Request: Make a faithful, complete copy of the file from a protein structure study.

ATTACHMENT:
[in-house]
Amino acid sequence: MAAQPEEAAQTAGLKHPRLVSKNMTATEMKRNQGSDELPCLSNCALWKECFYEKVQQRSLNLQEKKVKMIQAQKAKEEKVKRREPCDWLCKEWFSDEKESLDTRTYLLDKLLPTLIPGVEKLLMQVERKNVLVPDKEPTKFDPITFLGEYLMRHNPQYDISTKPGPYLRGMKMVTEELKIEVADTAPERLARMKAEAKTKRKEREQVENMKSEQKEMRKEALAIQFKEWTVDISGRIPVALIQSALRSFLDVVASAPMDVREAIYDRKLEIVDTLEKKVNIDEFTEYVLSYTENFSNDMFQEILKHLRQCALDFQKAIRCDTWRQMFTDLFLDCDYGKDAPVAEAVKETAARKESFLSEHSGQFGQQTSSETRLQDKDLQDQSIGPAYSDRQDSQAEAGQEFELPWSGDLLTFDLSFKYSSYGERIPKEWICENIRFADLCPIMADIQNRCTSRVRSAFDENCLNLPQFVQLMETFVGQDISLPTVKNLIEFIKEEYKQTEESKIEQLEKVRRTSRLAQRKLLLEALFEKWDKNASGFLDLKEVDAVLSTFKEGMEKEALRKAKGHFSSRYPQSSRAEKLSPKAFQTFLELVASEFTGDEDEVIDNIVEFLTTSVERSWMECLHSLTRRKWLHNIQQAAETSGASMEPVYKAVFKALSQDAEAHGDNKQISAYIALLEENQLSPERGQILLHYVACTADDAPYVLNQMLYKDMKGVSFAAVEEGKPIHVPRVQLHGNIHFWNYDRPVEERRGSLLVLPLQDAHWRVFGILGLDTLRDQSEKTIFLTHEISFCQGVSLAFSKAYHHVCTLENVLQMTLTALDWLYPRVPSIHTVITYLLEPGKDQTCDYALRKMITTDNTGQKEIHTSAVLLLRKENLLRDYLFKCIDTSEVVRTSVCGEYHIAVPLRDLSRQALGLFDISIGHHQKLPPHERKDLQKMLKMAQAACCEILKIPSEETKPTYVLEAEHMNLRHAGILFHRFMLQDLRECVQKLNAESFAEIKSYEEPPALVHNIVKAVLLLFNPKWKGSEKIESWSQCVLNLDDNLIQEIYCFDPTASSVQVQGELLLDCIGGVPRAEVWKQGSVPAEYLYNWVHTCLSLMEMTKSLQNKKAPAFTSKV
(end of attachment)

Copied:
[in-house]
Amino acid sequence: MAAQPEEAAQTAGLKHPRLVSKNMTATEMKRNQGSDELPCLSNCALWKECFYEKVQQRSLNLQEKKVKMIQAQKAKEEKVKRREPCDWLCKEWFSDEKESLDTRTYLLDKLLPTLIPGVEKLLMQVERKNVLVPDKEPTKFDPITFLGEYLMRHNPQYDISTKPGPYLRGMKMVTEELKIEVADTAPERLARMKAEAKTKRKEREQVENMKSEQKEMRKEALAIQFKEWTVDISGRIPVALIQSALRSFLDVVASAPMDVREAIYDRKLEIVDTLEKKVNIDEFTEYVLSYTENFSNDMFQEILKHLRQCALDFQKAIRCDTWRQMFTDLFLDCDYGKDAPVAEAVKETAARKESFLSEHSGQFGQQTSSETRLQDKDLQDQSIGPAYSDRQDSQAEAGQEFELPWSGDLLTFDLSFKYSSYGERIPKEWICENIRFADLCPIMADIQNRCTSRVRSAFDENCLNLPQFVQLMETFVGQDISLPTVKNLIEFIKEEYKQTEESKIEQLEKVRRTSRLAQRKLLLEALFEKWDKNASGFLDLKEVDAVLSTFKEGMEKEALRKAKGHFSSRYPQSSRAEKLSPKAFQTFLELVASEFTGDEDEVIDNIVEFLTTSVERSWMECLHSLTRRKWLHNIQQAAETSGASMEPVYKAVFKALSQDAEAHGDNKQISAYIALLEENQLSPERGQILLHYVACTADDAPYVLNQMLYKDMKGVSFAAVEEGKPIHVPRVQLHGNIHFWNYDRPVEERRGSLLVLPLQDAHWRVFGILGLDTLRDQSEKTIFLTHEISFCQGVSLAFSKAYHHVCTLENVLQMTLTALDWLYPRVPSIHTVITYLLEPGKDQTCDYALRKMITTDNTGQKEIHTSAVLLLRKENLLRDYLFKCIDTSEVVRTSVCGEYHIAVPLRDLSRQALGLFDISIGHHQKLPPHERKDLQKMLKMAQAACCEILKIPSEETKPTYVLEAEHMNLRHAGILFHRFMLQDLRECVQKLNAESFAEIKSYEEPPALVHNIVKAVLLLFNPKWKGSEKIESWSQCVLNLDDNLIQEIYCFDPTASSVQVQGELLLDCIGGVPRAEVWKQGSVPAEYLYNWVHTCLSLMEMTKSLQNKKAPAFTSKV